Monday, 29 June 2015

So as not to go to waste

Living in London, I bought some work shirts. Crisp, fitted cotton shirts with good sturdy collars and cuffs.
Only problem, before long while the arms fitted, the neck fitted, the waist fitted, even the shoulders fitted, my 'ample' bust did not. By a good 4 inches.

To say I was slightly miffed was an understatement. They had fitted when I'd bought them, naturally, but a combination of a luxurious lifestyle and birth control meant that before long, they didn't.

One faded away, fraying at the seams in a way that meant nothing could be done to it to make it fit again. The others were simply too delightful to throw. After all, I'd gone to pains to chose a delightful selection. One was snow white, another with a stiff V neckline, but my favourite was white, with vivid green satin stripes down it's length.

Not wanting to waste them (they reminded me so strongly of the stiff shirtwaists of the Edwardian era), I kept them, neatly folded away in a suitcase in London, packed them into the tea chests carefully nestled amongst the numerous shoes and transported them half way around the world, supposedly never to wear them again, before packing them again into a hat box to store on the top of my wardrobe.

Remembering them only the other day I tried them on again and reminded myself of their ensuing problem. Had they been a size too big it would have been easy. But I never buy clothes that are baggy around the waist, so that was an impossible hope.

Realising that the easiest way to add the necessary width would be to de-construct the bust darts I decided that a suspender dress would probably be the most practical use for the shirt. Then I could hide the opened darts under the suspender straps whilst still utilising the shirt front, collar and cuffs 'as is'.

On a detour to Spotlight (re. another project) I found the fabric to use, one that is neutral enough to go with my existing accessories, but would still work with the vibrancy of the green stripe.

Now I just had to find a suitable style.

I like the increasing straps of this one, and the
higher waist line without the distinct waistband.
Can't decide whether I want a slightly A-line
skirt (without the centre front seam)...

... or a long pencil skirt. 
And if I chose a pencil skirt, then what type of waist darts should I have, and how many? 
I decided to go without the pockets, as I find they ruin the line and aren't useful enough to warrant an existence, and to not have the pointy waistline. And the suspender straps are to meet the skirt on the outside. This would mean I could keep the skirt and the shirt separate, using the suspender straps to button it into one outfit.

Raiding the internet and a series of sewing blogs I decided against the A-line skirt. Given my choice of fabric, a long (below the knee) pencil skirt seemed more visually appealing.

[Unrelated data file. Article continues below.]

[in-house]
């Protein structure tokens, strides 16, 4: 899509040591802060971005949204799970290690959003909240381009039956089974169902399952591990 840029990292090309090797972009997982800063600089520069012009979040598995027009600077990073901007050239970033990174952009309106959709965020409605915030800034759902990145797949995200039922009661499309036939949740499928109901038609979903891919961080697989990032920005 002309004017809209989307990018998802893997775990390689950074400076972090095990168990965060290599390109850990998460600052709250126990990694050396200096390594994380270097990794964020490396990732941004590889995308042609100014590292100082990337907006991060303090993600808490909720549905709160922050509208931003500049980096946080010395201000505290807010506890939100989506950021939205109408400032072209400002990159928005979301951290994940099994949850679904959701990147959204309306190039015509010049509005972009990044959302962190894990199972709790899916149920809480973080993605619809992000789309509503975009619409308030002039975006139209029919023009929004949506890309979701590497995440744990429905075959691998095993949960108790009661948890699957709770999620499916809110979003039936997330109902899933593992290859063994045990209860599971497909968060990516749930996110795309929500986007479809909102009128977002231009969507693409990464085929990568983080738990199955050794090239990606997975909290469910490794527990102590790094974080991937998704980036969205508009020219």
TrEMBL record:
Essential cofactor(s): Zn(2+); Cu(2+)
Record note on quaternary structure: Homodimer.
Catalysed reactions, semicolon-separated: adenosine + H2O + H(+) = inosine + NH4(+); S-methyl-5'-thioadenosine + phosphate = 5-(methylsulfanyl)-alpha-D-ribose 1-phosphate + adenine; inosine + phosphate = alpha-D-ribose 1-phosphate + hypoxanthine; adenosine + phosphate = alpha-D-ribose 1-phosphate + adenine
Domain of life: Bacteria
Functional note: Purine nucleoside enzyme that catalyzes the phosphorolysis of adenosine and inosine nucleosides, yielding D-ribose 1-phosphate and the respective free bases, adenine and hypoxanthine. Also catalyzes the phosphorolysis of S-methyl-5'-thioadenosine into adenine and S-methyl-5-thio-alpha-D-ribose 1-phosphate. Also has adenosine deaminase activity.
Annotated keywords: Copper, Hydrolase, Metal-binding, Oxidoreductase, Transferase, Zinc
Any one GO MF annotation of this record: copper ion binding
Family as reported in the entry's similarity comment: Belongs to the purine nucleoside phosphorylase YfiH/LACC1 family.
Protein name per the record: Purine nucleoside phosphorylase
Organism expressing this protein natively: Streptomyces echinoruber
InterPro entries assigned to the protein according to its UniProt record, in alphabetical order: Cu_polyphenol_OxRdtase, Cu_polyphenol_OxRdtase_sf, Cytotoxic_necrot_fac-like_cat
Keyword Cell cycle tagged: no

Basically something that would look like the Advance 8283 pattern above. I did make one major change though (aside from not yet making the suspender straps). Due to my habit of literally racing around in heels including sprinting across campus or running for a bus, I decided to cut slits to the knee up each side. While I'm all for restrictive clothing (I am a fashion historian after all), I find lung expansion less important than freedom of the lower legs.

Once I got sewing, the project kinda took on a life of its own and my initial reason for buying the fabric got lost to the wayside. It's not that I've lost it completely, but I have more than enough clothes to make this into a cheery little outfit without the shirt/suspenders. So the unpicked shirt is sitting on my overflowing fabric heap crumpled and almost forgotten.

This is the first piece I've sewn where I've had to match the pattern, lining up not only the horizontal green stripes, but also trying not to have two vertical red lines too close together. It's been fun...ish.

These red lines did prove useful in determining the size and location of the dart, front and back. It means they're not exactly the same size, but they're only out by a millimeter or two and look cooler this way.

Lining up the centre back was easy, particularly as it was the first seam I sewed. Once the invisible zip was in (I refuse to use normal zips now) and the lining darted and sewn to the waistline and centre back seam, I could start pulling in the side seams to get the perfect fit.

 I'd done something stupid, when cutting out the front, in that I accidentally cut it a little smaller than anticipated. I was able to work around it, but it does mean the side seams are a little further forward than expected. Not that that really matters.

The finished skirt looks lovely, and is comfortable enough for a day in the office or curled up on the couch reading plays. It also goes well with enough of my existing wardrobe to be a valuable addition. Yay!!

It needs a wash and iron to see how the fabric hangs naturally as I'm contemplating whether I need to add two small curtain weights to the hem just to keep the side slits hanging correctly.

And I have just enough fabric left over to make something else.
Maybe a small top...
After all, I can't let that much fabric go to waste.


Related Posts Plugin for WordPress, Blogger...